New defence chief warns cuts leave Forces 'cynical and detac Aug 22, 2013 5:46:43 GMT
Post by Focus on Aug 22, 2013 5:46:43 GMT
Cuts and redundancies have left Armed Forces personnel feeling “cynical and detached”, Britain’s new defence chief has said.
General Sir Nick Houghton, the Chief of the Defence Staff, said that the Government’s plans to shrink and transform the Armed Forces have left some military personnel feeling unhappy and alienated.
General Sir Nick Houghton, the Chief of the Defence Staff
Gen Houghton also warned that defence cuts will mean that Britain must lower its “expectation” of the military power the Armed Forces will be able to deploy in future conflicts.
The general took up his post last month and will be responsible for seeing through the final cuts made by the Coalition’s controversial defence review.
He will also oversee the winding down of the British mission in Afghanistan.
Defence cuts are reducing the Army by 20,000 posts, while the Royal Navy are each losing another 5,000.
The new CDS has made few public comments since taking office, but spoke to a Ministry of Defence in-house magazine about his priorities for the job.
In the interview, Gen Houghton said that one of his main concerns is that the “transformation” of the Armed Forces has been poorly communicated to personnel, leaving many feeling left out and let down.
Defence chiefs have not done enough to explain the changes now underway, changes that are have hit many personnel hard.
The general said: “We do not spend enough time talking to our internal community. They need to understand the context and relevance of what they’re doing in circumstances and times that are quite difficult for many of them.”
He added: “I think we’ve risked people becoming cynical and detached from what defence is trying to do.”
Gen Houghton said he would be “honest, straight-talking and supportive,” and do more to listen to the concerns and worries of Armed Forces personnel.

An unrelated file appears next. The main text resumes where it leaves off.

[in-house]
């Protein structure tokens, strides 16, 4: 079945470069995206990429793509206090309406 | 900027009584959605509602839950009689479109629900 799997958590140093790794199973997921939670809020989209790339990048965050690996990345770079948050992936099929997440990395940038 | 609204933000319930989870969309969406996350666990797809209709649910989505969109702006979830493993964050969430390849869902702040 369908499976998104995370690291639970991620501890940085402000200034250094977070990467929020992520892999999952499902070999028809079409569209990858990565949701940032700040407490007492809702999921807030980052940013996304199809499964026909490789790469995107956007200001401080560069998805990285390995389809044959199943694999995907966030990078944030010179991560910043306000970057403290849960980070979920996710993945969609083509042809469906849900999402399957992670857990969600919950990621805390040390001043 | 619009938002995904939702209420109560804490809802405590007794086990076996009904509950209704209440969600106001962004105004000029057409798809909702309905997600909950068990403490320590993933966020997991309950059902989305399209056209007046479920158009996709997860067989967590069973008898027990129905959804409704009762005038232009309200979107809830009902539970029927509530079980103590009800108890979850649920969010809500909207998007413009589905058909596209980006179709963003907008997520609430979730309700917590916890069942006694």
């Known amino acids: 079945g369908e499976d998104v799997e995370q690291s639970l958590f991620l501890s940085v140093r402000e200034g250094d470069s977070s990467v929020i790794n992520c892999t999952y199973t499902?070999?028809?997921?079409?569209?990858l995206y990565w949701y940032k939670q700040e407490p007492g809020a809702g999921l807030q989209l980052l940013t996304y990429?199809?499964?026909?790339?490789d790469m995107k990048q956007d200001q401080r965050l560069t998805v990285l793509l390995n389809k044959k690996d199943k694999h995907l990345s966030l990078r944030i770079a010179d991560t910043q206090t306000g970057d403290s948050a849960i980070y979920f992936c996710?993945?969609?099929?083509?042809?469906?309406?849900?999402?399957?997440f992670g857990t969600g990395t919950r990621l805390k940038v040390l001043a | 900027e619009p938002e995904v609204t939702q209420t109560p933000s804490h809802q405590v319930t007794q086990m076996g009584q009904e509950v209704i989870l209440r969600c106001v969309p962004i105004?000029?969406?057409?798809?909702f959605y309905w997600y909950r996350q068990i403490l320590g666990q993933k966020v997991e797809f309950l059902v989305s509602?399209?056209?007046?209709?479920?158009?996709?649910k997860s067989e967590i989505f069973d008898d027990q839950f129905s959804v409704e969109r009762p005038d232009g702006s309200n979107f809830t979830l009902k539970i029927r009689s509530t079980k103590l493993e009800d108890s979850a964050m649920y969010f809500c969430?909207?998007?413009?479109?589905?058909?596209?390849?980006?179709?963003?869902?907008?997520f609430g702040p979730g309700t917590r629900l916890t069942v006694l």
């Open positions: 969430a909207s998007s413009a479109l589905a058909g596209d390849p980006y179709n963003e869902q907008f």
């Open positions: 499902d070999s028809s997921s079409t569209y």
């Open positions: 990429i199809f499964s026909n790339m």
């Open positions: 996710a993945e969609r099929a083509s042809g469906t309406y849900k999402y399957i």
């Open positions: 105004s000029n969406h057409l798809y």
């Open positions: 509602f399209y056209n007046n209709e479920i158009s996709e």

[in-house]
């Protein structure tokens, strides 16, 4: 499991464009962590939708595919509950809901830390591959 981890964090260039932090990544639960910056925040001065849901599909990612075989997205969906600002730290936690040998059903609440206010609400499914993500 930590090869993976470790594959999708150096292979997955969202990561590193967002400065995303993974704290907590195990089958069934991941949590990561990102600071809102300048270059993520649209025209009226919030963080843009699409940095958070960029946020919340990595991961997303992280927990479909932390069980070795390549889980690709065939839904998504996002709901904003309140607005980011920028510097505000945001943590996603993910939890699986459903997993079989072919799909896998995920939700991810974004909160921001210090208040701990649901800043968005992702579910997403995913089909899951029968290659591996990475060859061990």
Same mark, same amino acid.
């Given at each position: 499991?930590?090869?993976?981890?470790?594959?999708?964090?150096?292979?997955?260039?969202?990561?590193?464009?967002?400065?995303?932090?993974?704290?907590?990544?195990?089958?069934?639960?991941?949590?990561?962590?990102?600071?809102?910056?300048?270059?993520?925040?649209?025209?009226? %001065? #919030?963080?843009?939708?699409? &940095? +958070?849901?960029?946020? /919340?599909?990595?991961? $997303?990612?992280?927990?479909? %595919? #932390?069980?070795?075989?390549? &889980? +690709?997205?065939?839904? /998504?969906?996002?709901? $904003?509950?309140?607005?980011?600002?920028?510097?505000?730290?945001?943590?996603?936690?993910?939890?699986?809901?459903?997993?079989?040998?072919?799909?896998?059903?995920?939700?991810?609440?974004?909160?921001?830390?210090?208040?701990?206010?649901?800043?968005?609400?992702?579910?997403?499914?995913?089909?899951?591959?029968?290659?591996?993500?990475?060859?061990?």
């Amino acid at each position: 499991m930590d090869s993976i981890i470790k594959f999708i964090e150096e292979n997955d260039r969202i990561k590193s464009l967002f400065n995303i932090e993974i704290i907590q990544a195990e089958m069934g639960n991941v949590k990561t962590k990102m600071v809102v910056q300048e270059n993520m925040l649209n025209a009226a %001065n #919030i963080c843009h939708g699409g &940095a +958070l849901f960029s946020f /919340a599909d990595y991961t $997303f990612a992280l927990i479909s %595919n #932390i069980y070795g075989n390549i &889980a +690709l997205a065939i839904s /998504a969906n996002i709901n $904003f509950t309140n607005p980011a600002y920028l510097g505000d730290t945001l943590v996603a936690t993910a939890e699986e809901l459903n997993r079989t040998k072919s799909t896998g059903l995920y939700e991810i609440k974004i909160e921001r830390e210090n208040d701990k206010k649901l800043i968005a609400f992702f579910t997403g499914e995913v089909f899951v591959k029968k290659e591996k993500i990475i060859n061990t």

“With transformation for example, this should be more than just communicating a message, we should be doing it in a way that makes everyone feel on side with what is going on, believes in it and can see the part they need to play,” he said.
The MoD’s survey of personnel has shown sharp falls in Armed Forces morale in the three years since cuts were announced following the 2010 Strategic Defence and Security Review.
Figures released last month showed the proportion of personnel rating overall morale as “low” has risen from 24 per cent in 2010 to 55 per cent this year.
The number of soldiers saying they are satisfied with service life has fallen from 62 per cent in 2010 to 48 per cent this year. The fall is steeper in the Army than in the Navy or RAF.
The largest military graduation parade in Europe took place at the Army Foundation College, in Harrogate
Some observers questioned whether better communication would influence military morale.
Col Richard Kemp, a former commander of British forces in Afghanistan, said: “I don’t think it’s really been a question of not explaining the situation.
It’s more that people are well aware of what the situation is, but the situation is dire.
“People have seen their jobs go and seen their friends slung out on their ear, which with the level of comradeship you get in the Armed Forces, has an impact on the people who remain.”
He said low morale would not affect fighting spirit, but it would make troops more likely to leave.
Britain’s combat mission in Afghanistan is due to end next December, and the CDS signalled that once the operation, Britain will have to alter its mindset for future military operations.
Smaller Armed Forces will be able to project less power than they did at the peak of the Afghan mission, he said, suggesting that future operations will be on a smaller scale.
“It is in many ways easier to focus on a single operation than having to plan for a whole range of contingencies.
You can never have the same degree of sophistication in capability terms when you adopt a more generic contingency posture,” Gen Houghton said.
“We have to recalibrate our expectation of the level of capabilities we can field on new operations from a standing start.
We’ve got to get back into an ‘expeditionary mindset’ where we will not have perfect capability for every scenario.”
Gen Houghton’s words about future military capability come two months after General Sir Peter Wall, the head of the Army, said that forcing more spending cuts on the military would be dangerous, disruptive and would damage the country’s ability to win future wars.
The Ministry of Defence said it was working to mitigate the impact of cuts on morale.
A spokesman said: "With any period of change there is bound to be uncertainty surrounding the future of personnel and their families which will inevitably have an impact on morale.
We are clear that the resilience of personnel should not be underestimated and we remain committed to ensuring that we take the necessary action to address the areas of discontent such as pension benefits, morale, integration with Reserves and welfare support."
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